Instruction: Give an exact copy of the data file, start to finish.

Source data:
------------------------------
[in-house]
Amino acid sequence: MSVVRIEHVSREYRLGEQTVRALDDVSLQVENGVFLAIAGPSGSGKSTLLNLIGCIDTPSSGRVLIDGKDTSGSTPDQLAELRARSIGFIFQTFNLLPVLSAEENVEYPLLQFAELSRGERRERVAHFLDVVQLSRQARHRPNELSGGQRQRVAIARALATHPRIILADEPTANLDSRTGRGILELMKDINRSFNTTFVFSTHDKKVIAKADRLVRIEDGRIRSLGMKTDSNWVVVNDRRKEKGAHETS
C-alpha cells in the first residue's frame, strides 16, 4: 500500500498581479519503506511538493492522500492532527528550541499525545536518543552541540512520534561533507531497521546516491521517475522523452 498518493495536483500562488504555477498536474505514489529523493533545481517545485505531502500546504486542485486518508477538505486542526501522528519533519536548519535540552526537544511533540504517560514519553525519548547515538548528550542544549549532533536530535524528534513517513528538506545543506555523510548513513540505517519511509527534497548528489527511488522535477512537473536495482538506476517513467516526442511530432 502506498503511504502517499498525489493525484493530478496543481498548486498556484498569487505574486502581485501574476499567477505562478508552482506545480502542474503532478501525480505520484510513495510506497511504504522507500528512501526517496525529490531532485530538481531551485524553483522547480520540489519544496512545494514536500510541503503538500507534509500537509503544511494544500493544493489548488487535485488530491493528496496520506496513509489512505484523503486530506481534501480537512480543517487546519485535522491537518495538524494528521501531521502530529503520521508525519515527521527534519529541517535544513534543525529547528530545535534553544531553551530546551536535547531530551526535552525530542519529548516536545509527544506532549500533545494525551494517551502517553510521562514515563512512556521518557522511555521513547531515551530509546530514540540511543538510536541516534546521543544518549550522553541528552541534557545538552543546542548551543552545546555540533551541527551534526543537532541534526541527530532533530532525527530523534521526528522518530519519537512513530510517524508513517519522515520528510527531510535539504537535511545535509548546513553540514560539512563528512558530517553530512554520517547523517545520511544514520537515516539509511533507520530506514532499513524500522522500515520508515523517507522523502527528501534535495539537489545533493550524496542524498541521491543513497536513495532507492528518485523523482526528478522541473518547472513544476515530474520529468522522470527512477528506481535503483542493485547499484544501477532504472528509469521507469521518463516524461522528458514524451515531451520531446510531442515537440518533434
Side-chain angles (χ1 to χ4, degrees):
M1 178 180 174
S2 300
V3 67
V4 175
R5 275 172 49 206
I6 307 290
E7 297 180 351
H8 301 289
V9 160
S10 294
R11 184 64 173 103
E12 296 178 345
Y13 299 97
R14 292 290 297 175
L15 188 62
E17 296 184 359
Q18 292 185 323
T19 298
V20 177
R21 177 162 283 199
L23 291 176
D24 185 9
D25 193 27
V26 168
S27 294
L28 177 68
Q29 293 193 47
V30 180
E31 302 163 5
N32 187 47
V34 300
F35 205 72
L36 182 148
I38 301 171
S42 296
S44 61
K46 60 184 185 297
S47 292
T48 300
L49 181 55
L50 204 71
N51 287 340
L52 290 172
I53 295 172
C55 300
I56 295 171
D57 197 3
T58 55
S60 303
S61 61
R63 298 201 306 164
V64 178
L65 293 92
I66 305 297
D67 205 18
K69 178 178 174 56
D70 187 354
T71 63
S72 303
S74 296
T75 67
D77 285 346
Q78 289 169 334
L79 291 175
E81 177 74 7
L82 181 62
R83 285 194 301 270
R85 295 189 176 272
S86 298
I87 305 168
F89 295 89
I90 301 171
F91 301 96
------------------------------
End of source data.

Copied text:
[in-house]
Amino acid sequence: MSVVRIEHVSREYRLGEQTVRALDDVSLQVENGVFLAIAGPSGSGKSTLLNLIGCIDTPSSGRVLIDGKDTSGSTPDQLAELRARSIGFIFQTFNLLPVLSAEENVEYPLLQFAELSRGERRERVAHFLDVVQLSRQARHRPNELSGGQRQRVAIARALATHPRIILADEPTANLDSRTGRGILELMKDINRSFNTTFVFSTHDKKVIAKADRLVRIEDGRIRSLGMKTDSNWVVVNDRRKEKGAHETS
C-alpha cells in the first residue's frame, strides 16, 4: 500500500498581479519503506511538493492522500492532527528550541499525545536518543552541540512520534561533507531497521546516491521517475522523452 498518493495536483500562488504555477498536474505514489529523493533545481517545485505531502500546504486542485486518508477538505486542526501522528519533519536548519535540552526537544511533540504517560514519553525519548547515538548528550542544549549532533536530535524528534513517513528538506545543506555523510548513513540505517519511509527534497548528489527511488522535477512537473536495482538506476517513467516526442511530432 502506498503511504502517499498525489493525484493530478496543481498548486498556484498569487505574486502581485501574476499567477505562478508552482506545480502542474503532478501525480505520484510513495510506497511504504522507500528512501526517496525529490531532485530538481531551485524553483522547480520540489519544496512545494514536500510541503503538500507534509500537509503544511494544500493544493489548488487535485488530491493528496496520506496513509489512505484523503486530506481534501480537512480543517487546519485535522491537518495538524494528521501531521502530529503520521508525519515527521527534519529541517535544513534543525529547528530545535534553544531553551530546551536535547531530551526535552525530542519529548516536545509527544506532549500533545494525551494517551502517553510521562514515563512512556521518557522511555521513547531515551530509546530514540540511543538510536541516534546521543544518549550522553541528552541534557545538552543546542548551543552545546555540533551541527551534526543537532541534526541527530532533530532525527530523534521526528522518530519519537512513530510517524508513517519522515520528510527531510535539504537535511545535509548546513553540514560539512563528512558530517553530512554520517547523517545520511544514520537515516539509511533507520530506514532499513524500522522500515520508515523517507522523502527528501534535495539537489545533493550524496542524498541521491543513497536513495532507492528518485523523482526528478522541473518547472513544476515530474520529468522522470527512477528506481535503483542493485547499484544501477532504472528509469521507469521518463516524461522528458514524451515531451520531446510531442515537440518533434
Side-chain angles (χ1 to χ4, degrees):
M1 178 180 174
S2 300
V3 67
V4 175
R5 275 172 49 206
I6 307 290
E7 297 180 351
H8 301 289
V9 160
S10 294
R11 184 64 173 103
E12 296 178 345
Y13 299 97
R14 292 290 297 175
L15 188 62
E17 296 184 359
Q18 292 185 323
T19 298
V20 177
R21 177 162 283 199
L23 291 176
D24 185 9
D25 193 27
V26 168
S27 294
L28 177 68
Q29 293 193 47
V30 180
E31 302 163 5
N32 187 47
V34 300
F35 205 72
L36 182 148
I38 301 171
S42 296
S44 61
K46 60 184 185 297
S47 292
T48 300
L49 181 55
L50 204 71
N51 287 340
L52 290 172
I53 295 172
C55 300
I56 295 171
D57 197 3
T58 55
S60 303
S61 61
R63 298 201 306 164
V64 178
L65 293 92
I66 305 297
D67 205 18
K69 178 178 174 56
D70 187 354
T71 63
S72 303
S74 296
T75 67
D77 285 346
Q78 289 169 334
L79 291 175
E81 177 74 7
L82 181 62
R83 285 194 301 270
R85 295 189 176 272
S86 298
I87 305 168
F89 295 89
I90 301 171
F91 301 96